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Environment for Europeans
27 August 2019 | Directorate-General for Environment

Applauding green innovation at the annual LIFE Awards


The annual LIFE awards celebrate projects pushing Europe to be more sustainable with the help of funding from LIFE – one of the European Commission’s most successful funding programmes which will soon expand its remit.

When the Director-General of the European Commission’s Environment programme, Daniel Calleja Crespo, took the microphone at this year’s Life Awards ceremony in Brussels, he celebrated European policy in his field. ‘The European Union has the most advanced environment legislation in the world’, he said, ‘but all these rules are not really useful if we do not apply them on the ground.’

The Awards demonstrate how LIFE-funded projects create jobs, opportunities and save species and habitats.

That is why the LIFE programme – the EU’s funding instrument for the environment and climate action – is so important, he added. Since the programme was created in 1992, it has funded thousands of projects, enabling beneficiaries to bring Europe’s environmental policies to life in their country by reducing emissions, nurturing the renewable-energy sector or protecting biodiversity. The current funding period runs from 2014-2020 and has a budget of EUR 3.4 billion.

This year’s LIFE Awards ceremony – which took place in May – provided an opportunity to acknowledge those beneficiaries’ efforts as they compete for the four award categories.

Angelo Salsi, Head of Unit at LIFE, said the awards are vital because they also celebrate how the EU can act as an engine, fuelling change at the local level. ‘The LIFE Awards recognise the system built by a mixed effort of local initiatives on the ground and the support they receive from the EU,’ he explained. ‘The awards demonstrate how this system works and how LIFE-funded projects create jobs, opportunities and save species and habitats.’

Action on the ground

Each year, Salsi’s team usually pre-select a handful of successful LIFE-funded projects to be considered for prizes in the environment, nature, and climate categories. However, this year, that list stretched to an unprecedented number, with 191 projects chosen for consideration.

Although Salsi has been working on the Programme since the first awards ceremony was held in the early 2000s, he says he has never seen so much activity taking place across the EU. ‘Having so many pre-selected candidates demonstrates there is real intense activity taking place across Europe and huge efforts to make the environment in which we all live a little bit better and to make our activity a little bit more sustainable,’ he commented. ‘They tell the story of a Europe that is working in the right direction.’

With so many projects in the running, this year’s awards were fiercely competitive. Salsi’s team narrowed the191 projects to just 15 finalists, before the winners were decided by a jury of three experts: MEP Adina-Ioana Valean, environment correspondent at The Guardian, Fiona Harvey, and CEO and founder of Solar powered technology company Exeger Operations, Giovanni Fili.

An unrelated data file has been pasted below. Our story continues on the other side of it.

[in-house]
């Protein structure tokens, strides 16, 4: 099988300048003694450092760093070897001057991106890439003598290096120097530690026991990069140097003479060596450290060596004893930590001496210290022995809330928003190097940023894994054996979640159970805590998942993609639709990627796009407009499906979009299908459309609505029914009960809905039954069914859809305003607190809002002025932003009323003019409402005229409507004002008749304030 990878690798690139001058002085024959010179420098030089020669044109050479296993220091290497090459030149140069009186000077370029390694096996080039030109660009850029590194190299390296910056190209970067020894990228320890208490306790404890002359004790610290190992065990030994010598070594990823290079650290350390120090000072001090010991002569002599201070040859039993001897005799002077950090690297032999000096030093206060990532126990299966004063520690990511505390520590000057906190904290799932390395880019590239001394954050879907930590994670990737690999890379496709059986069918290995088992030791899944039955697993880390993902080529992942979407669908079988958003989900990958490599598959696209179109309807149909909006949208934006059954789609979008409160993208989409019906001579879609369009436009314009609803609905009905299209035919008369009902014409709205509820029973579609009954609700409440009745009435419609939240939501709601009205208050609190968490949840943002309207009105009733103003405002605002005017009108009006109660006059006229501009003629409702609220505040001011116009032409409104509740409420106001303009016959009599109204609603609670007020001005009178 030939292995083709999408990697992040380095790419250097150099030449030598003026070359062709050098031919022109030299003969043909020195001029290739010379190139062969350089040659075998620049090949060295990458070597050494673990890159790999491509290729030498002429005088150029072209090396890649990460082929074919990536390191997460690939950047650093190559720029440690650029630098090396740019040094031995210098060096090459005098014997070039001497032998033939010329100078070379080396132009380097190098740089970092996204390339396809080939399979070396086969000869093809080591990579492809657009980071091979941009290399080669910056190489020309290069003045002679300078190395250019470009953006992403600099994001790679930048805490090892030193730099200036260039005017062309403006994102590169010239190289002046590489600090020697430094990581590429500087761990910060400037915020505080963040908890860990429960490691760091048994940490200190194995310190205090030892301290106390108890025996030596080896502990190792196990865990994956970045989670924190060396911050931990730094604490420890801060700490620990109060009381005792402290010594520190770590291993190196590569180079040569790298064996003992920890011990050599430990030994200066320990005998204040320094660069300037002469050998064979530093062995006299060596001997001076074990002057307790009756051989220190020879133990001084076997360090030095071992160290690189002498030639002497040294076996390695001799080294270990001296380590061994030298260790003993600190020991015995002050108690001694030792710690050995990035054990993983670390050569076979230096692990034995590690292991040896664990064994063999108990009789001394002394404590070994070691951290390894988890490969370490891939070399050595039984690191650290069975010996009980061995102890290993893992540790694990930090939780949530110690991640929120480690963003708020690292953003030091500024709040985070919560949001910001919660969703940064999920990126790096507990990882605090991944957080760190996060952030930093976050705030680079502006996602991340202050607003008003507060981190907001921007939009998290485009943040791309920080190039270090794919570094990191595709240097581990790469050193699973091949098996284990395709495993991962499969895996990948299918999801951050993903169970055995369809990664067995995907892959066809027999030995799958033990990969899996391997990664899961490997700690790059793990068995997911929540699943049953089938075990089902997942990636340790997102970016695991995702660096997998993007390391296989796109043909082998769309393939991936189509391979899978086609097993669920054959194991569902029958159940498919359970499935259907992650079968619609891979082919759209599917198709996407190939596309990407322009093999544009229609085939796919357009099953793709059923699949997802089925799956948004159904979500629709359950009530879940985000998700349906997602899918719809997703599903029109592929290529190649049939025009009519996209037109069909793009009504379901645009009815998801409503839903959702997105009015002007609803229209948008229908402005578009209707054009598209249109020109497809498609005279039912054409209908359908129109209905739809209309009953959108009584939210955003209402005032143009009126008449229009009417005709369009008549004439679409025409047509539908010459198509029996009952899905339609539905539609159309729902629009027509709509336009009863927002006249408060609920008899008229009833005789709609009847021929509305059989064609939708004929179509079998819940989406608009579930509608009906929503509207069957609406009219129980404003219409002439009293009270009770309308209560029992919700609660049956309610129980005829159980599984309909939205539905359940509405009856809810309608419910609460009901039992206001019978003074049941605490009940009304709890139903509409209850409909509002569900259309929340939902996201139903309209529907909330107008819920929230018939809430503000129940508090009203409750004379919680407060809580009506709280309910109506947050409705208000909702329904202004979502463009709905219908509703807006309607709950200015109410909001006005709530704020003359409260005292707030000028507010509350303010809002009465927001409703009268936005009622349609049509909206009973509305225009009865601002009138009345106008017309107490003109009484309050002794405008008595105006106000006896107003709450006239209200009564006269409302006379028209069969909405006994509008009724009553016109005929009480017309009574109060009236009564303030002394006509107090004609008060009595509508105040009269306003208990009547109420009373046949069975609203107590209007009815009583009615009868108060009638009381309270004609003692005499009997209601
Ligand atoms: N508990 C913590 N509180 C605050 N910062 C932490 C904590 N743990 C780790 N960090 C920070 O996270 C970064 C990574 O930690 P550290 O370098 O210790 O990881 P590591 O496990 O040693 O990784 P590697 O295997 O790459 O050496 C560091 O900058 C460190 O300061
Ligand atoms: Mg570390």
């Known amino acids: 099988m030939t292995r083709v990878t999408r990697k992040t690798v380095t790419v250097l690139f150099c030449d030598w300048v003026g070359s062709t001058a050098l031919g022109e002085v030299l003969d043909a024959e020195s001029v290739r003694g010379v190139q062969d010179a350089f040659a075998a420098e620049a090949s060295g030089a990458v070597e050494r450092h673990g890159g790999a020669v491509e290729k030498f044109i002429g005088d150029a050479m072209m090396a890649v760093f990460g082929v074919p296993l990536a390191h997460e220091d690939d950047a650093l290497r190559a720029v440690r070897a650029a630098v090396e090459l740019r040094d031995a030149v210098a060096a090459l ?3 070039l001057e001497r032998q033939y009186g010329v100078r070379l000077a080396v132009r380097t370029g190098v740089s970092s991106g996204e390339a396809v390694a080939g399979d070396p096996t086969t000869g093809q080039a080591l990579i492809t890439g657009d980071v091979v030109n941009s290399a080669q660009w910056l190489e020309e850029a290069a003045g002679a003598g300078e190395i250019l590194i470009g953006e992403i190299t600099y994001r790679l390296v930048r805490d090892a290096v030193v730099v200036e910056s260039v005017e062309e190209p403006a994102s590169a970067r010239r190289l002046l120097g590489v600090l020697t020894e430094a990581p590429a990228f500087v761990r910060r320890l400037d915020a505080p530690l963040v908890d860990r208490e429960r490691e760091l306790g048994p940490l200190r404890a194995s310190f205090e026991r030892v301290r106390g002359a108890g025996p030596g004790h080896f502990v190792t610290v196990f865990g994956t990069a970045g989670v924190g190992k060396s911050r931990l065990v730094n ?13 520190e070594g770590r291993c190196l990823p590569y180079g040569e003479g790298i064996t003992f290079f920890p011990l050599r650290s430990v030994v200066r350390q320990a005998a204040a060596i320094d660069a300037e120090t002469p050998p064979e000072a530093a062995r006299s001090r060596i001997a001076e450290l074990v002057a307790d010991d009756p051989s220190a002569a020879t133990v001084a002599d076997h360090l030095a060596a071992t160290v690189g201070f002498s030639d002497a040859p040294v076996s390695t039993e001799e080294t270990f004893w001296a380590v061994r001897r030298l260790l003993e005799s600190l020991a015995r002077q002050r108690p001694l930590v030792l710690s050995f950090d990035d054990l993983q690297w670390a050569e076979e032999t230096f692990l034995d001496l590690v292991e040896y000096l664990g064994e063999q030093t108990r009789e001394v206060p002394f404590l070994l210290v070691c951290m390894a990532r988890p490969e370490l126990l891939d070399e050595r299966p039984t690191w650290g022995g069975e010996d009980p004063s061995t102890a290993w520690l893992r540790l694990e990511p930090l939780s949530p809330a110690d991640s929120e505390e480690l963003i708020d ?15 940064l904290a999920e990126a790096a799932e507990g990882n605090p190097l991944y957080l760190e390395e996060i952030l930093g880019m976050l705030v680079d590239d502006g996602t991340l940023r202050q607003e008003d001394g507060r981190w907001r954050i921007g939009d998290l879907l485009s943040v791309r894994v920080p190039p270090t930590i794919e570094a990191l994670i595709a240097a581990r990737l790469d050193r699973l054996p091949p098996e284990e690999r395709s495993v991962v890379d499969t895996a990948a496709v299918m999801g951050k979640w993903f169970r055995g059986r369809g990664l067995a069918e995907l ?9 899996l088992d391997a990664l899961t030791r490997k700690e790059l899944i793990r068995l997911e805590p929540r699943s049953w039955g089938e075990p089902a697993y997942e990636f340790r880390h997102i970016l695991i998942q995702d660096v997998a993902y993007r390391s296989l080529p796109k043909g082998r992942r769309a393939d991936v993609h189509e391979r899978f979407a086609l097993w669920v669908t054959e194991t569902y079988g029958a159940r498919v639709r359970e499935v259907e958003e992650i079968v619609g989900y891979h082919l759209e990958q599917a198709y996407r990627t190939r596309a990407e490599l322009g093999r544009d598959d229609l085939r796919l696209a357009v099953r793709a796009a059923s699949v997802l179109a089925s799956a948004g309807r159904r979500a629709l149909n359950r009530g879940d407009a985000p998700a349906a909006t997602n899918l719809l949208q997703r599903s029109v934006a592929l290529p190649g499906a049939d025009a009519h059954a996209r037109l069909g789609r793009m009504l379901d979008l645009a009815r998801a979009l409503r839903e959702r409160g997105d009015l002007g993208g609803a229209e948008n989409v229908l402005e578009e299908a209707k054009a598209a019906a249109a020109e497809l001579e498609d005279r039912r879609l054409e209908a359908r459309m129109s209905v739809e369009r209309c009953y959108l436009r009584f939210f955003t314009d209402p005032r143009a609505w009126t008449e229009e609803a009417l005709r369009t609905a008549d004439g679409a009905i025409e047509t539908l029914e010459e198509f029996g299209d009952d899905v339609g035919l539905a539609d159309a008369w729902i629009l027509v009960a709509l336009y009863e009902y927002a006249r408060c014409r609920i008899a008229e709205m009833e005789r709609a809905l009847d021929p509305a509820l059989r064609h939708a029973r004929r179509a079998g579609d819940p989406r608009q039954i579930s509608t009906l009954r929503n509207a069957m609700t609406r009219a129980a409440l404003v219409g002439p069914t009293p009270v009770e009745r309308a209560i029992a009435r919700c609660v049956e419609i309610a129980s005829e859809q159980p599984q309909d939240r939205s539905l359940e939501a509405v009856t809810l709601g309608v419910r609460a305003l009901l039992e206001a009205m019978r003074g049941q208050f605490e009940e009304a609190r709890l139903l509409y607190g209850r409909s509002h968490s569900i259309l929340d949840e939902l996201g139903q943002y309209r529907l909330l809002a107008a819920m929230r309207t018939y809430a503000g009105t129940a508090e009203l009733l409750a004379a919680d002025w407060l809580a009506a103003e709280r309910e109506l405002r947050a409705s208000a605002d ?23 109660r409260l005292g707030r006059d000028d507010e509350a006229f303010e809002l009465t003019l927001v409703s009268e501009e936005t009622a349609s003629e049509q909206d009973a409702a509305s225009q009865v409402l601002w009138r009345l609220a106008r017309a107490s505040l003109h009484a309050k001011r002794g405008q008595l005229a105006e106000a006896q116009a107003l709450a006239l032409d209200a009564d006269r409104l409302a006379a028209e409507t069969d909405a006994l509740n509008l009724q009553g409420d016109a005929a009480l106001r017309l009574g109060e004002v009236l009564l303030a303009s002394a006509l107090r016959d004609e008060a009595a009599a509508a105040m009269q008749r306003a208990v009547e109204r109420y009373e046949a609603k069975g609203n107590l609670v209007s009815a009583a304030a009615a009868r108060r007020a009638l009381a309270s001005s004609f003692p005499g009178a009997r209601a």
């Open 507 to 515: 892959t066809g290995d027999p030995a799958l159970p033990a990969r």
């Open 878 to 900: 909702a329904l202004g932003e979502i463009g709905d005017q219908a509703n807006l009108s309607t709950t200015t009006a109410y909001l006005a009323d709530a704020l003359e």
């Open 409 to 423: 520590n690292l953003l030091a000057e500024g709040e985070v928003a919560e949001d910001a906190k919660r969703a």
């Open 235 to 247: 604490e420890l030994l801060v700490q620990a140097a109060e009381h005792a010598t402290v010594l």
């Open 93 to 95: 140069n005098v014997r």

In the nature category, the jury selected LIFE WolfAlps as the winner for its work on increasing the number of wolves in the Alpine regions of France, Italy and Slovenia. The winner of the environment prize was LIFE AGROintegra, a Spanish project helping farmers to limit their pesticide use by demonstrating alternatives. Finally, the oLIVE-CLIMA project was awarded the climate action prize for its efforts to help Greek farmers to adopt sustainable farming techniques that could be adapted to climate change.

For the fourth and final category, members of the public were asked to participate in the LIFE Citizen's Prize by picking their favourite from a list of nine projects. Almost 8 000 people took part in the public vote via Facebook, eventually choosing LIFE+ SmartPV as the winner – a project aiming to improve the value of Cyprus’ solar power by connecting up solar panel owners via a decentralised power network.

A LIFE’s work

The evening also saw two lifetime achievement awards handed to individuals who have made a significant impact in the LIFE Programme. The dual prize reflected the collaborative nature of the programme – the way it unites local ideas with international funding and support. 

One lifetime achievement award was handed to the first head of the LIFE Unit, Bruno Julien, who managed over 800 projects during his 24 years at the European Commission. The other recognised the contribution of biologist Miguel Ángel Simón Mata – aka Mr Lynx – who helped to conserve the Iberian lynx population in Andalusia with funding support from the LIFE programme.

Europe might be facing huge environmental challenges but the LIFE Programme demonstrates how small projects can have huge impacts when they are backed by the EU and its resources. Thanks to its success so far, LIFE is now looking to expand its remit, applying its successful model to more sectors.

‘Its success is so huge that the Commission is proposing to increase the 2021-2027 budget by 60 %, not only for nature, not only for climate, not only for the environment, but to also include energy,’ said Director-General Crespo, on returning to the stage at the awards ceremony.

‘I think we are talking about the jewel in the crown, a successful programme, and we need to keep working to implement it,’ he concluded.


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Directorate-General for Environment